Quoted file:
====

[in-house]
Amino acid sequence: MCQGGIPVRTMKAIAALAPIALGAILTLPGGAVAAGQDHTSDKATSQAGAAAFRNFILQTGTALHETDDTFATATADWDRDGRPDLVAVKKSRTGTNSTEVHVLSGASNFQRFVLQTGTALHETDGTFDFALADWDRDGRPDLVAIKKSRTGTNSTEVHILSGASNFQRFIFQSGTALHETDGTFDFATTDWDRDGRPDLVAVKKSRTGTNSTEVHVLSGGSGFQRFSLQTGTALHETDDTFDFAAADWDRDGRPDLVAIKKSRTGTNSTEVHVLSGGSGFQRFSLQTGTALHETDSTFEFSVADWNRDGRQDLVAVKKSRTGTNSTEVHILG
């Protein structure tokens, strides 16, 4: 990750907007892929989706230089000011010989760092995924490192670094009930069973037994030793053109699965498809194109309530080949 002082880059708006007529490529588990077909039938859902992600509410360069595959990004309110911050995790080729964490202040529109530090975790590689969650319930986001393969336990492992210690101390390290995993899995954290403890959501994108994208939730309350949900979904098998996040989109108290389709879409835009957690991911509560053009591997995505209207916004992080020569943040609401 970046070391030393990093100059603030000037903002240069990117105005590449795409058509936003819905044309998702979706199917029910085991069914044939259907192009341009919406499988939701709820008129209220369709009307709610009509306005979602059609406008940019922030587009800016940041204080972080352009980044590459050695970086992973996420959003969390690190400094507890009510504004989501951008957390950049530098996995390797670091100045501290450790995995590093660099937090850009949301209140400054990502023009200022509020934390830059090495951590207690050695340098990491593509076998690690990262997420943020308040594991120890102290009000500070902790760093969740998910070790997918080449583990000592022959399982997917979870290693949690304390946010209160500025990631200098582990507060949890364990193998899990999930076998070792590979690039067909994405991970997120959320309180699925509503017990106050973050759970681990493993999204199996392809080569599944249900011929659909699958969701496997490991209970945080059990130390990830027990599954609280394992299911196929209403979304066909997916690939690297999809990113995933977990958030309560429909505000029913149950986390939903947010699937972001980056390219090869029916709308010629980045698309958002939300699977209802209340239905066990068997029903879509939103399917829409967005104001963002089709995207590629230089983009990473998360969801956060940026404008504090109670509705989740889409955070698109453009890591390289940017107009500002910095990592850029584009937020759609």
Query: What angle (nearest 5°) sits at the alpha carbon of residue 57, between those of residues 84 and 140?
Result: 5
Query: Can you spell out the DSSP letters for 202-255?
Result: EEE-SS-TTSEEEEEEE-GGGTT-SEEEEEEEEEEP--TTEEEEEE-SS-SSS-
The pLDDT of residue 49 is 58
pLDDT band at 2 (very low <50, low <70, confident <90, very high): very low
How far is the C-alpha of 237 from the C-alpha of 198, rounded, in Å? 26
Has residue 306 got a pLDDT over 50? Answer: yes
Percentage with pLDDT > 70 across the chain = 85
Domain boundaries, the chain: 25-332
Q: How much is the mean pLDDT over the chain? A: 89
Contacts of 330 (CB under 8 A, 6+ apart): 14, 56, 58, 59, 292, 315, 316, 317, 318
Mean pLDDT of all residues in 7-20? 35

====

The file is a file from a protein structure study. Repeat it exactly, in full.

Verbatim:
[in-house]
Amino acid sequence: MCQGGIPVRTMKAIAALAPIALGAILTLPGGAVAAGQDHTSDKATSQAGAAAFRNFILQTGTALHETDDTFATATADWDRDGRPDLVAVKKSRTGTNSTEVHVLSGASNFQRFVLQTGTALHETDGTFDFALADWDRDGRPDLVAIKKSRTGTNSTEVHILSGASNFQRFIFQSGTALHETDGTFDFATTDWDRDGRPDLVAVKKSRTGTNSTEVHVLSGGSGFQRFSLQTGTALHETDDTFDFAAADWDRDGRPDLVAIKKSRTGTNSTEVHVLSGGSGFQRFSLQTGTALHETDSTFEFSVADWNRDGRQDLVAVKKSRTGTNSTEVHILG
């Protein structure tokens, strides 16, 4: 990750907007892929989706230089000011010989760092995924490192670094009930069973037994030793053109699965498809194109309530080949 002082880059708006007529490529588990077909039938859902992600509410360069595959990004309110911050995790080729964490202040529109530090975790590689969650319930986001393969336990492992210690101390390290995993899995954290403890959501994108994208939730309350949900979904098998996040989109108290389709879409835009957690991911509560053009591997995505209207916004992080020569943040609401 970046070391030393990093100059603030000037903002240069990117105005590449795409058509936003819905044309998702979706199917029910085991069914044939259907192009341009919406499988939701709820008129209220369709009307709610009509306005979602059609406008940019922030587009800016940041204080972080352009980044590459050695970086992973996420959003969390690190400094507890009510504004989501951008957390950049530098996995390797670091100045501290450790995995590093660099937090850009949301209140400054990502023009200022509020934390830059090495951590207690050695340098990491593509076998690690990262997420943020308040594991120890102290009000500070902790760093969740998910070790997918080449583990000592022959399982997917979870290693949690304390946010209160500025990631200098582990507060949890364990193998899990999930076998070792590979690039067909994405991970997120959320309180699925509503017990106050973050759970681990493993999204199996392809080569599944249900011929659909699958969701496997490991209970945080059990130390990830027990599954609280394992299911196929209403979304066909997916690939690297999809990113995933977990958030309560429909505000029913149950986390939903947010699937972001980056390219090869029916709308010629980045698309958002939300699977209802209340239905066990068997029903879509939103399917829409967005104001963002089709995207590629230089983009990473998360969801956060940026404008504090109670509705989740889409955070698109453009890591390289940017107009500002910095990592850029584009937020759609």
Query: What angle (nearest 5°) sits at the alpha carbon of residue 57, between those of residues 84 and 140?
Result: 5
Query: Can you spell out the DSSP letters for 202-255?
Result: EEE-SS-TTSEEEEEEE-GGGTT-SEEEEEEEEEEP--TTEEEEEE-SS-SSS-
The pLDDT of residue 49 is 58
pLDDT band at 2 (very low <50, low <70, confident <90, very high): very low
How far is the C-alpha of 237 from the C-alpha of 198, rounded, in Å? 26
Has residue 306 got a pLDDT over 50? Answer: yes
Percentage with pLDDT > 70 across the chain = 85
Domain boundaries, the chain: 25-332
Q: How much is the mean pLDDT over the chain? A: 89
Contacts of 330 (CB under 8 A, 6+ apart): 14, 56, 58, 59, 292, 315, 316, 317, 318
Mean pLDDT of all residues in 7-20? 35